Russia is interested in clarifying what happened to Russian opposition leader Alexey Navalny and needs wider cooperation with Germany in this case, Kremlin spokesman Dmitry Peskov said on Thursday.
To launch an investigation, Moscow must have serious grounds such as test results from the German side, confirming Navalny was poisoned because Russian doctors failed to find traces of toxins, Peskov told reporters in Moscow.
“We are certainly interested in establishing the reasons for what happened to the Berlin patient. Our investigative authorities are carrying out the necessary verification actions. Information from the German side will definitely help these actions. So far, we have not received any information, and we hope that this will happen soon,” he said.
Peskov also stressed that nobody in Russia profits from Navalny’s poisoning, adding that Moscow does not accept any accusations on this point.
“The Russian Attorney General’s office sent a request for mutual legal assistance to Berlin, which was received by the German side. The answer has not followed yet,” he said.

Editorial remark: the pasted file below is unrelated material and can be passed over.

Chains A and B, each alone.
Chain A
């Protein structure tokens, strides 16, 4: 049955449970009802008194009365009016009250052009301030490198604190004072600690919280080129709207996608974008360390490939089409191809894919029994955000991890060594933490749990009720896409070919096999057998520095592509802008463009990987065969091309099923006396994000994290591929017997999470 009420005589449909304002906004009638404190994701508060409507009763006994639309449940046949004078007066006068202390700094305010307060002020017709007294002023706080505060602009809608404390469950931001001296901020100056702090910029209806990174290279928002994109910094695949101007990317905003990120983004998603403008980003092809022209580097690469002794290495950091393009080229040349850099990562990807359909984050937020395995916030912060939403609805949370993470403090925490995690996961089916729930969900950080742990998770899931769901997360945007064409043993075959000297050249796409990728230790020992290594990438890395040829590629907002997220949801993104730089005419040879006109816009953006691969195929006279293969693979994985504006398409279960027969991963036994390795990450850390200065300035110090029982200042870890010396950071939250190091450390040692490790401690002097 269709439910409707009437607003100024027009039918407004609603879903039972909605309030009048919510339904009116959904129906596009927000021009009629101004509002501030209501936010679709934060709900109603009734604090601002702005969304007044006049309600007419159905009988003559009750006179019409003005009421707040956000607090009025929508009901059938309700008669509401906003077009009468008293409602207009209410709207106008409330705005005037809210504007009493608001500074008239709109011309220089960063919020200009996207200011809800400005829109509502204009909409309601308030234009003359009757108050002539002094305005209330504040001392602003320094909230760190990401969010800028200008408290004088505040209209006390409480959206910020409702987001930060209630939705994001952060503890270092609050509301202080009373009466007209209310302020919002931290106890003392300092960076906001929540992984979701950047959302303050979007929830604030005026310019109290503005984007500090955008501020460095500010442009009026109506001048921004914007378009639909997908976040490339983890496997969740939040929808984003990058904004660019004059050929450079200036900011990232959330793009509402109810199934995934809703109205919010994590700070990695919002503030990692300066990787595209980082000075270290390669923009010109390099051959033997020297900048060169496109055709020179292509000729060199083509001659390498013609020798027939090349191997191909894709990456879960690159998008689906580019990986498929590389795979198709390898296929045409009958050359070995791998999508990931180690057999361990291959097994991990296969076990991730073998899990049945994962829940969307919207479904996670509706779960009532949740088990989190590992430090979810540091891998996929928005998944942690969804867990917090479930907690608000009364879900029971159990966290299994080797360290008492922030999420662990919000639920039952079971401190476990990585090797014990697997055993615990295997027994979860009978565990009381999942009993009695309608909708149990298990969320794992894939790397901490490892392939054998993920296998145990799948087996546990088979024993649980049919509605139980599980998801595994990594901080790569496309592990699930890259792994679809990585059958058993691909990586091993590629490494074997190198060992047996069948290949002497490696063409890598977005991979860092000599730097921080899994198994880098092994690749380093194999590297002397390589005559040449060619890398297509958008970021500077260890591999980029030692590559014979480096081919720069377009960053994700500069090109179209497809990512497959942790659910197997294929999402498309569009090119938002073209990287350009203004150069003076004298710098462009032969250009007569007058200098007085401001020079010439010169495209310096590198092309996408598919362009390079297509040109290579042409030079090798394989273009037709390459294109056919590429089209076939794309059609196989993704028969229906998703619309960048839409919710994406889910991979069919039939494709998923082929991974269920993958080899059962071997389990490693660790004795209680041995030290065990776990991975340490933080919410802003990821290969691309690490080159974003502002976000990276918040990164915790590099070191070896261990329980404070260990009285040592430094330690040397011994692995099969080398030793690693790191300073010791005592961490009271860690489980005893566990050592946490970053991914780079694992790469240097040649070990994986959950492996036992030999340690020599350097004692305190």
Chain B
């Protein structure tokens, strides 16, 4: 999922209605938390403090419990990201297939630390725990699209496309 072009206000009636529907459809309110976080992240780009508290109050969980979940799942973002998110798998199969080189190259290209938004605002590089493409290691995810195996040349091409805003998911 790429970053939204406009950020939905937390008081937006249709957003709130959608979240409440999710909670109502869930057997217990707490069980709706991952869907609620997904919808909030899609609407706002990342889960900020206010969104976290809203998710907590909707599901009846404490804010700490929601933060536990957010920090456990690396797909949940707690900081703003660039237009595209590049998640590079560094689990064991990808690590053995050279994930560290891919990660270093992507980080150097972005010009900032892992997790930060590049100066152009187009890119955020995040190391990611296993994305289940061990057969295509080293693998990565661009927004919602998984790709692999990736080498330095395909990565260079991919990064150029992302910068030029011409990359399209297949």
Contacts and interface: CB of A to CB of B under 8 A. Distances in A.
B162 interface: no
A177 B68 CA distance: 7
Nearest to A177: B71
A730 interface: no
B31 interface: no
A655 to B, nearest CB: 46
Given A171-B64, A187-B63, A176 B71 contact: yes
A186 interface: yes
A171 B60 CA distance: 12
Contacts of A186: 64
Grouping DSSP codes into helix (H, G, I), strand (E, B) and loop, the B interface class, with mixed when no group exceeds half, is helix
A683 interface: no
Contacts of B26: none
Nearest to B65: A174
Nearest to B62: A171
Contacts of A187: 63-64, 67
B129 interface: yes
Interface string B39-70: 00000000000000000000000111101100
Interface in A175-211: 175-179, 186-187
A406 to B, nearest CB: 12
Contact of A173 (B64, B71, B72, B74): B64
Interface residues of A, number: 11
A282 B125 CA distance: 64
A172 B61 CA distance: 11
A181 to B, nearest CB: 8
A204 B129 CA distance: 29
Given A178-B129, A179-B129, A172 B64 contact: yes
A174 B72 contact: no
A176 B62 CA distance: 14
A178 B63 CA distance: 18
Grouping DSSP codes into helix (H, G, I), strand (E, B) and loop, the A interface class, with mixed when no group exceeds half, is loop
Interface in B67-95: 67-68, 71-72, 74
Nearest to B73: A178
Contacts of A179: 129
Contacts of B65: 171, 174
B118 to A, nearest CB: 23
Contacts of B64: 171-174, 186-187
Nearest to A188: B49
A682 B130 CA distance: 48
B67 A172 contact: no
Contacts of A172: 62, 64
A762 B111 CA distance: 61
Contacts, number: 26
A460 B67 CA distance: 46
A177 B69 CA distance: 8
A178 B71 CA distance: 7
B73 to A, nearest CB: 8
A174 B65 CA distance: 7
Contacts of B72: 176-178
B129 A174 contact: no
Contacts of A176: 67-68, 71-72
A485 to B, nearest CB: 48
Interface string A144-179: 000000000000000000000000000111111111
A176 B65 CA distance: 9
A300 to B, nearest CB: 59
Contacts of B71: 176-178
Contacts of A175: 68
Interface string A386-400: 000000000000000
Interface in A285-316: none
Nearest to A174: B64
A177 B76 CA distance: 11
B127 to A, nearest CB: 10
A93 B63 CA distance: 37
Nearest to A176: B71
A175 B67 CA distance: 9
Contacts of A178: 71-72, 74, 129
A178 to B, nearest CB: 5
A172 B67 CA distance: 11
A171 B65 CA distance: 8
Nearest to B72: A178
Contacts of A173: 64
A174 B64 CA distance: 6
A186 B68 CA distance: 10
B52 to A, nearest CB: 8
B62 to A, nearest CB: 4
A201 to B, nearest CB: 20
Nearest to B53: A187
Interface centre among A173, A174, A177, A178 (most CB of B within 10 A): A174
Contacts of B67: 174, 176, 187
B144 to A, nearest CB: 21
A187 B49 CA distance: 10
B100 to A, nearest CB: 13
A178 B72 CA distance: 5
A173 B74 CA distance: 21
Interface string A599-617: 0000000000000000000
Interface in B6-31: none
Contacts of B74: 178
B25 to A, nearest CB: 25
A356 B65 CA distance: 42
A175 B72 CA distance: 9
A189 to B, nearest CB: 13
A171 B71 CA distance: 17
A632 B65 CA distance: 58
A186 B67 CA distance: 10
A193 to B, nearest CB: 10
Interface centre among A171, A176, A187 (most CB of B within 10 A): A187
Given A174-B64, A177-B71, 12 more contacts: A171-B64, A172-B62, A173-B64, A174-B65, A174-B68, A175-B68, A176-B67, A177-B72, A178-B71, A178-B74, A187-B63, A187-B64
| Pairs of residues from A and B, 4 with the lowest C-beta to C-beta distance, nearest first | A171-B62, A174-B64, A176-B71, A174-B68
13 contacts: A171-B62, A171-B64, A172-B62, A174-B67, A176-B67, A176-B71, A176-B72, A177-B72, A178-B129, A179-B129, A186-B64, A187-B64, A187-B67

On Wednesday, Steffen Seiber, Chancellor Angela Merkel’s spokesman, said Berlin will notify the EU and NATO as well as the Organization for the Prohibition of Chemical Weapons (OPCW) of finding “a chemical nerve agent from the Novichok party” in Navalny’s tests to work out a united position.
According to the UK government, the same nerve agent Novichok was also used in a 2018 attack on former Russian spy Sergei Skripal and his daughter in the British town of Salisbury.
Russia, however, insists on non-involvement, Leonid Rinik, one of the Novichok developers, said, adding that Navalny’s symptoms do not resemble poisoning with Novichok.
He also recalled that Russia neither develops nor produces chemical weapons anymore as the last chemical round was destroyed in 2017, which was verified and certified by the OPCW.
Currently, Novichok is known to be produced in the US and Georgia, said Yury Shvytkin, a member of the Russian lower chamber of parliament — the State Duma.
Navalny, 44, a vociferous critic of Russian President Vladimir Putin, felt sick on Aug. 20 on a flight from the Siberian city of Tomsk to Moscow. The plane made an emergency landing in Omsk and Navalny was rushed to a hospital, where he spent two days before being sent to Berlin for treatment.
Currently he is in intensive care in a medically induced coma. His condition is serious, but there is no acute danger to his life, according to his doctors.
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